The bad guys are becoming ever more flexible and creative in the ways they scam electric cooperative members.
“You never know who they’re going to be in a given day,” said Mike Morley, corporate communications manager at Midwest Energy  in Hays, Kan. “They’ve adapted their tactics to where the same group will impersonate a number of utilities.”
Morley, who first spoke to ECT.coop about scams in March 2013,  said that it used to be victims threatened with disconnection were told by scammers to buy a prepaid card and that they’d be called back in a couple of hours.
“Now they call and say, ‘This is Midwest Energy. Your account is past due and we need you to call us back,’” Morley said, adding that spoofing software fools the caller ID into displaying “Midwest Energy.”
“When they call back they get a voice menu that sounds exactly like ours. And it’s not just us—other utilities in Kansas have reported this.”
A Midwest Energy staffer called the toll-free number posing as a member using a phony name and account number, and was told they owed $780. The staffer was even instructed to go to a specific nearby store to buy a ReloadIt prepaid card.
When an ECT.coop reporter dialed the same number another day, the recording claimed it was Eversource, a New England investor-owned utility. Upon reaching a live person, the reporter gave a phony location in Eversource’s Springfield, Mass., territory. After tapping on a keyboard, the man on the phone told the reporter there was a $997.78 delinquent balance and to go to a supermarket two miles away to buy ReloadIt cards and call back with the numbers.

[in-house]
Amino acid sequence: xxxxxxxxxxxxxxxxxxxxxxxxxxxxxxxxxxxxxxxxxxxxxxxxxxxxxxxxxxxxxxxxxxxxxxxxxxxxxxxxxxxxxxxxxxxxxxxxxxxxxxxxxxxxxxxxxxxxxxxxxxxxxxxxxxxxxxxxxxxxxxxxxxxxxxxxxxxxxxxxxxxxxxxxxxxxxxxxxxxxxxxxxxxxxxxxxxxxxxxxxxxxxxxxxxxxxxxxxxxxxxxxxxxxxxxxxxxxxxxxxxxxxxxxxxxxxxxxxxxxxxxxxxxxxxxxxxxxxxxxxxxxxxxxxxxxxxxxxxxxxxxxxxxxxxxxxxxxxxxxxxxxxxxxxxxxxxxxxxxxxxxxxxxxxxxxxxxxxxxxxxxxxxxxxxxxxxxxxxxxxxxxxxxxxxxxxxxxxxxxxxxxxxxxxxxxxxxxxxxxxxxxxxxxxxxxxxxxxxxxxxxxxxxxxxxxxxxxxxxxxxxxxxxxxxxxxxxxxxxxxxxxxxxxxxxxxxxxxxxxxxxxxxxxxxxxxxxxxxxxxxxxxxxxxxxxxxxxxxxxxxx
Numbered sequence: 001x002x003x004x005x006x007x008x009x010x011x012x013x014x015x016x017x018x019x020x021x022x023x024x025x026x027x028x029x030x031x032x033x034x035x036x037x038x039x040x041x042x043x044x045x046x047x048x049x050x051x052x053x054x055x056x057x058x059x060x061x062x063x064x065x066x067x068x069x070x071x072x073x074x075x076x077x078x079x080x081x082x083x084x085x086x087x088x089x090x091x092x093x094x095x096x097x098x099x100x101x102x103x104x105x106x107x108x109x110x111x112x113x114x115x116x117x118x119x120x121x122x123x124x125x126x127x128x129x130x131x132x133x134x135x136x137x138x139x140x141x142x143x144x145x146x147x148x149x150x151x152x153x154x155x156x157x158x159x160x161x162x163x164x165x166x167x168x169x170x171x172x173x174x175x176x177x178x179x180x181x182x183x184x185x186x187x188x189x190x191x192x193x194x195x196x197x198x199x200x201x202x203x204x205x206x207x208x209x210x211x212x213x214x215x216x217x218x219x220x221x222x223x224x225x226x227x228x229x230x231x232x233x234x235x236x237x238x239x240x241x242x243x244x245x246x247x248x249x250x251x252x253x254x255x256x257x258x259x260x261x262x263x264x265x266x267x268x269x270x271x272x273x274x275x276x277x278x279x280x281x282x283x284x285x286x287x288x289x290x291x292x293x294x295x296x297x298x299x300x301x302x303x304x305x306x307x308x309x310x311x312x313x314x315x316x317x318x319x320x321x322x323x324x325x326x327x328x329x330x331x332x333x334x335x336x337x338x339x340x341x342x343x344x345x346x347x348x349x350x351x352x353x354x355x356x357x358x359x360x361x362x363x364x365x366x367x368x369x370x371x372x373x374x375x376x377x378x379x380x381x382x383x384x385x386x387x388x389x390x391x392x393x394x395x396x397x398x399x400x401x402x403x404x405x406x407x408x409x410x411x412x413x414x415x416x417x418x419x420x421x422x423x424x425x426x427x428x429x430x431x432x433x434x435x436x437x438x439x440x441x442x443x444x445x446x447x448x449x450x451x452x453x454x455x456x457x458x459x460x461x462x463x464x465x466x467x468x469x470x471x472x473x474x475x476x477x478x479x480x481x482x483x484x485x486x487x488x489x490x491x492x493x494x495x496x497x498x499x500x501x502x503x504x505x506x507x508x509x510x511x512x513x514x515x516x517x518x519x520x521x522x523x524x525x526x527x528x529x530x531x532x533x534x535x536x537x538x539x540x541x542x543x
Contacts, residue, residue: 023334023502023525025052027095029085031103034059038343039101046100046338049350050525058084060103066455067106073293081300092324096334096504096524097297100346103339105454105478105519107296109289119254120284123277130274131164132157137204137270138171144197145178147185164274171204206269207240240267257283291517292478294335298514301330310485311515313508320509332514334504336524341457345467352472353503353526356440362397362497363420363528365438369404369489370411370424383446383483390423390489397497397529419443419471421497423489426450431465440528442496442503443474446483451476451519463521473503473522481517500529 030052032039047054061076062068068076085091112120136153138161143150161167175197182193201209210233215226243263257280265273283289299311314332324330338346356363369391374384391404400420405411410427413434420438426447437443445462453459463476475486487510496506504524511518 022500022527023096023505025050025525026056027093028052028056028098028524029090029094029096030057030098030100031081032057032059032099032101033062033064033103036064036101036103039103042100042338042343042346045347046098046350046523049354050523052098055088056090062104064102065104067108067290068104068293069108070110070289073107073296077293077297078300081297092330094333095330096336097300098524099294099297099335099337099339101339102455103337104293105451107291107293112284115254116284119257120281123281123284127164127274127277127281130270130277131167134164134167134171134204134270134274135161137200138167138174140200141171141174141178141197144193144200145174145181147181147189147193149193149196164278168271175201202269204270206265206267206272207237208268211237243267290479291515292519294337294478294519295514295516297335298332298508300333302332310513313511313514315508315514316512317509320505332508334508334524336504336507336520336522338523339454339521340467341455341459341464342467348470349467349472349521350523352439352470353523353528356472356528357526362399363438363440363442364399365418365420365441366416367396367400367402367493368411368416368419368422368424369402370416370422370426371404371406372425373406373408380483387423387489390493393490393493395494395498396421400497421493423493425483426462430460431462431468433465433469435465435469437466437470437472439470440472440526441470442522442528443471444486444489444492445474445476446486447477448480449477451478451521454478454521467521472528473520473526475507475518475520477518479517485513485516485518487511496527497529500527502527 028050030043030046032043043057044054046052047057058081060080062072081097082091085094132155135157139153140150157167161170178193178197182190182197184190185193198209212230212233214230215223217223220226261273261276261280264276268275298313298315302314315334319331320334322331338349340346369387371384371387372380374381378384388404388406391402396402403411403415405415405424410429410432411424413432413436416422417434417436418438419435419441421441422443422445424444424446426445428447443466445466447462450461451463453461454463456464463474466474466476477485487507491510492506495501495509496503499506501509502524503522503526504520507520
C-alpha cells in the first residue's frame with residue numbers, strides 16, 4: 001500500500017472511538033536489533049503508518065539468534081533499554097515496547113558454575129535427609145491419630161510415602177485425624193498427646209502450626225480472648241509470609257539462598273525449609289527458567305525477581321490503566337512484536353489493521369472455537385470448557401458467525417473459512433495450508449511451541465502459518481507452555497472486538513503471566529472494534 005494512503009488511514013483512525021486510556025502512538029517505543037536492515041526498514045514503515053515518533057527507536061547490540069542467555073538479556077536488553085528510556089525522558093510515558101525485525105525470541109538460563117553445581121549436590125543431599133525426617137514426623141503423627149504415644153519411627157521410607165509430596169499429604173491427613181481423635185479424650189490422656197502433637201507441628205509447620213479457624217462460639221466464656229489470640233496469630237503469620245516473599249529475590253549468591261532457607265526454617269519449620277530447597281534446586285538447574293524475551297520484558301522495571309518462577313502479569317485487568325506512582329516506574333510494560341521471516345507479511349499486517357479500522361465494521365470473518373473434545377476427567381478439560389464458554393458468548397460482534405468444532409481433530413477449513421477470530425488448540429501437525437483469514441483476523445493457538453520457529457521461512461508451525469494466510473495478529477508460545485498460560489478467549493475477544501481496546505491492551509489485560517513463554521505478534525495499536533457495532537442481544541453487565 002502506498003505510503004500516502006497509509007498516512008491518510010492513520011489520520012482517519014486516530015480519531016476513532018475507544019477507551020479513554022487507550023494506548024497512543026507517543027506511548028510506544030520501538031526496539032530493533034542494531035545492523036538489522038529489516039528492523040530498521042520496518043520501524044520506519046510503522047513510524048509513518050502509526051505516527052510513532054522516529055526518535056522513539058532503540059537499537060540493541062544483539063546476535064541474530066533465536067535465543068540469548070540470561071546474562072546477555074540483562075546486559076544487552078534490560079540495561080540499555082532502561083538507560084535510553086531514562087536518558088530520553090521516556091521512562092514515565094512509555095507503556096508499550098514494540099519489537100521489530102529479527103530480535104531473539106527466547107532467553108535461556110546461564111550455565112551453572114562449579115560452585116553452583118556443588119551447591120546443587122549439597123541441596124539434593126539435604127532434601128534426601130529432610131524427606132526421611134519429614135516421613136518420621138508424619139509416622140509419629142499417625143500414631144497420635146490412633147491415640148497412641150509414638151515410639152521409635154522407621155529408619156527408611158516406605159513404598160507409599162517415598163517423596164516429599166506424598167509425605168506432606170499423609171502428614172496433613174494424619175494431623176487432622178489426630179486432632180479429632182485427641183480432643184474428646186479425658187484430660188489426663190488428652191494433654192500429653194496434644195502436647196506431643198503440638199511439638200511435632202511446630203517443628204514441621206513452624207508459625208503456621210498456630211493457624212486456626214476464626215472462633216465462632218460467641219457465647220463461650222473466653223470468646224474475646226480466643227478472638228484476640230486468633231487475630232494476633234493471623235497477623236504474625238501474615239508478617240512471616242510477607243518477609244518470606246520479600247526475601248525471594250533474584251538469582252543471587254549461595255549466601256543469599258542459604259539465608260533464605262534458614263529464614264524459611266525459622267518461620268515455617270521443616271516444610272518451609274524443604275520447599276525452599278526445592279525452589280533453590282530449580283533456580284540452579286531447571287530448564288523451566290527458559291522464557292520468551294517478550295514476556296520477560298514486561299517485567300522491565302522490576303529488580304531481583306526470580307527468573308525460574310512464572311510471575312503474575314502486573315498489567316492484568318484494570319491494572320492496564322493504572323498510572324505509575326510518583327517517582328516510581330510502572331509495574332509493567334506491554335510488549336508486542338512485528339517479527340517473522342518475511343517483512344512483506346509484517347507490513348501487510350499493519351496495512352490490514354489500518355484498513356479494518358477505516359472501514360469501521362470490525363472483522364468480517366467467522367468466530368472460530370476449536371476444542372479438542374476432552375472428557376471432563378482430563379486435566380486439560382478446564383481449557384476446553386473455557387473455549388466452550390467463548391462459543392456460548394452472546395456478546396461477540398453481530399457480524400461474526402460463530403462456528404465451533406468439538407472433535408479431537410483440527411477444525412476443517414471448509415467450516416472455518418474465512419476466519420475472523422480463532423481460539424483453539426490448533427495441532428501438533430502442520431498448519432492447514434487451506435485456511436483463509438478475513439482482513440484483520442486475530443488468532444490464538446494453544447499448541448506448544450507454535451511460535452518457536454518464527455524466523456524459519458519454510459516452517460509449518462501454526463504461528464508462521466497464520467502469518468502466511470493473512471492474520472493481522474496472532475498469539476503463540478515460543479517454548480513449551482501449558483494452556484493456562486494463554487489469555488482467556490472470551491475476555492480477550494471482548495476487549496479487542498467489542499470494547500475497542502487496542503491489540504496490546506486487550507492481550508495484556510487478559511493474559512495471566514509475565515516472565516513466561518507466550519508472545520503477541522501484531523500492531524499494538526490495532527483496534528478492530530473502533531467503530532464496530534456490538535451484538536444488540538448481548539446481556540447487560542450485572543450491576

When the reporter told the man that the address was actually in the middle of a river, the man responded, “I’m playing around with you.” When asked why on another day the same phone number was Midwest Energy, the reply was, “Because I can do what the hell I want.” Asked how much they were making scamming people, the reporter was told, “All you need to know that we doing OK. [sic]”
Morley knows of two victimized Midwest Energy business members. One lost about $1,500; the other about $400.
“The unfortunate thing is for each one that we know of, it’s quite likely there are many others that we don’t,” Morley said.
Meanwhile, in Colorado, Durango-based La Plata Electric Association  is warning members about another scam in which businesses are told to pay $500 to a “meter man” who will be there within the hour.
“Every time we turn around, there’s a new twist,” said Steve Gregg, LPEA chief operating officer. He said victims are told the person is coming to install a new “GPS meter”—something that doesn’t exist.